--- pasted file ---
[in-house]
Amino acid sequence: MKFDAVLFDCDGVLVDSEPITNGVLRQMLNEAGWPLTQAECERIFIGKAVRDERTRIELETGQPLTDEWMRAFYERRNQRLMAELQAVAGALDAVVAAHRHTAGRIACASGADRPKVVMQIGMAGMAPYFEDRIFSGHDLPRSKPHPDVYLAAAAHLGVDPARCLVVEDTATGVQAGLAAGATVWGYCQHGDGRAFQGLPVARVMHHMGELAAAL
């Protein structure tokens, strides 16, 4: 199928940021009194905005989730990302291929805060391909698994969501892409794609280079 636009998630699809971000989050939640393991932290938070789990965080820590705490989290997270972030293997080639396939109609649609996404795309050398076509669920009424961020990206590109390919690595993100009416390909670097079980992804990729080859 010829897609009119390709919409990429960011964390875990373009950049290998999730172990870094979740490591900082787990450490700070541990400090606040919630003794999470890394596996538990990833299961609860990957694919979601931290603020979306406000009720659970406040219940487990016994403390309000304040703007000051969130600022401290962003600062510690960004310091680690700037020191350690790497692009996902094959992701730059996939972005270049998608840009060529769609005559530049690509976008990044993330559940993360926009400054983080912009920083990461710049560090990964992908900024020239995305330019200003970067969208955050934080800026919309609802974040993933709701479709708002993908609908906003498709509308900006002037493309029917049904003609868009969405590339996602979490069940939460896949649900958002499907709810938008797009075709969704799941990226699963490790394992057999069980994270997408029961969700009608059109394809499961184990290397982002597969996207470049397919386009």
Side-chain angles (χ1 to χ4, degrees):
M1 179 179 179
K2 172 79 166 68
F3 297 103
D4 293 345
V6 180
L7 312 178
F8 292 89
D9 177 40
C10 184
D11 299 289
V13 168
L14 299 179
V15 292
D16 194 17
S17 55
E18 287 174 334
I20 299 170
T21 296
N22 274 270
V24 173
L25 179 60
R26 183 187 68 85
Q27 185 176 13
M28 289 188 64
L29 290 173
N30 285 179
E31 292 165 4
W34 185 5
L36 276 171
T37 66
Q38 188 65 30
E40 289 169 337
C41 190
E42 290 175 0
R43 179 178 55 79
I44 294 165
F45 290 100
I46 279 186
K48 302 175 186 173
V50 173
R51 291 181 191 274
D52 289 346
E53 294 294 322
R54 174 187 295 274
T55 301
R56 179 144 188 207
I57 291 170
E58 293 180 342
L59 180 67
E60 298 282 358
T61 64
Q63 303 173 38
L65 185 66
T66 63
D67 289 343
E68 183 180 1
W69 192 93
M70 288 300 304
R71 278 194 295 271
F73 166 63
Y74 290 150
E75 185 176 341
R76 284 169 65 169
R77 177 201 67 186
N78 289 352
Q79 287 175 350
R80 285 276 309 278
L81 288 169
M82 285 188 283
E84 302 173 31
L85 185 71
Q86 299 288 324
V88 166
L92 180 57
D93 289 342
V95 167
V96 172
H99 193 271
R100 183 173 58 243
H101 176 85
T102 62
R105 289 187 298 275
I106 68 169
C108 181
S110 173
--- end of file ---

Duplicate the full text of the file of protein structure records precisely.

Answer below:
[in-house]
Amino acid sequence: MKFDAVLFDCDGVLVDSEPITNGVLRQMLNEAGWPLTQAECERIFIGKAVRDERTRIELETGQPLTDEWMRAFYERRNQRLMAELQAVAGALDAVVAAHRHTAGRIACASGADRPKVVMQIGMAGMAPYFEDRIFSGHDLPRSKPHPDVYLAAAAHLGVDPARCLVVEDTATGVQAGLAAGATVWGYCQHGDGRAFQGLPVARVMHHMGELAAAL
């Protein structure tokens, strides 16, 4: 199928940021009194905005989730990302291929805060391909698994969501892409794609280079 636009998630699809971000989050939640393991932290938070789990965080820590705490989290997270972030293997080639396939109609649609996404795309050398076509669920009424961020990206590109390919690595993100009416390909670097079980992804990729080859 010829897609009119390709919409990429960011964390875990373009950049290998999730172990870094979740490591900082787990450490700070541990400090606040919630003794999470890394596996538990990833299961609860990957694919979601931290603020979306406000009720659970406040219940487990016994403390309000304040703007000051969130600022401290962003600062510690960004310091680690700037020191350690790497692009996902094959992701730059996939972005270049998608840009060529769609005559530049690509976008990044993330559940993360926009400054983080912009920083990461710049560090990964992908900024020239995305330019200003970067969208955050934080800026919309609802974040993933709701479709708002993908609908906003498709509308900006002037493309029917049904003609868009969405590339996602979490069940939460896949649900958002499907709810938008797009075709969704799941990226699963490790394992057999069980994270997408029961969700009608059109394809499961184990290397982002597969996207470049397919386009």
Side-chain angles (χ1 to χ4, degrees):
M1 179 179 179
K2 172 79 166 68
F3 297 103
D4 293 345
V6 180
L7 312 178
F8 292 89
D9 177 40
C10 184
D11 299 289
V13 168
L14 299 179
V15 292
D16 194 17
S17 55
E18 287 174 334
I20 299 170
T21 296
N22 274 270
V24 173
L25 179 60
R26 183 187 68 85
Q27 185 176 13
M28 289 188 64
L29 290 173
N30 285 179
E31 292 165 4
W34 185 5
L36 276 171
T37 66
Q38 188 65 30
E40 289 169 337
C41 190
E42 290 175 0
R43 179 178 55 79
I44 294 165
F45 290 100
I46 279 186
K48 302 175 186 173
V50 173
R51 291 181 191 274
D52 289 346
E53 294 294 322
R54 174 187 295 274
T55 301
R56 179 144 188 207
I57 291 170
E58 293 180 342
L59 180 67
E60 298 282 358
T61 64
Q63 303 173 38
L65 185 66
T66 63
D67 289 343
E68 183 180 1
W69 192 93
M70 288 300 304
R71 278 194 295 271
F73 166 63
Y74 290 150
E75 185 176 341
R76 284 169 65 169
R77 177 201 67 186
N78 289 352
Q79 287 175 350
R80 285 276 309 278
L81 288 169
M82 285 188 283
E84 302 173 31
L85 185 71
Q86 299 288 324
V88 166
L92 180 57
D93 289 342
V95 167
V96 172
H99 193 271
R100 183 173 58 243
H101 176 85
T102 62
R105 289 187 298 275
I106 68 169
C108 181
S110 173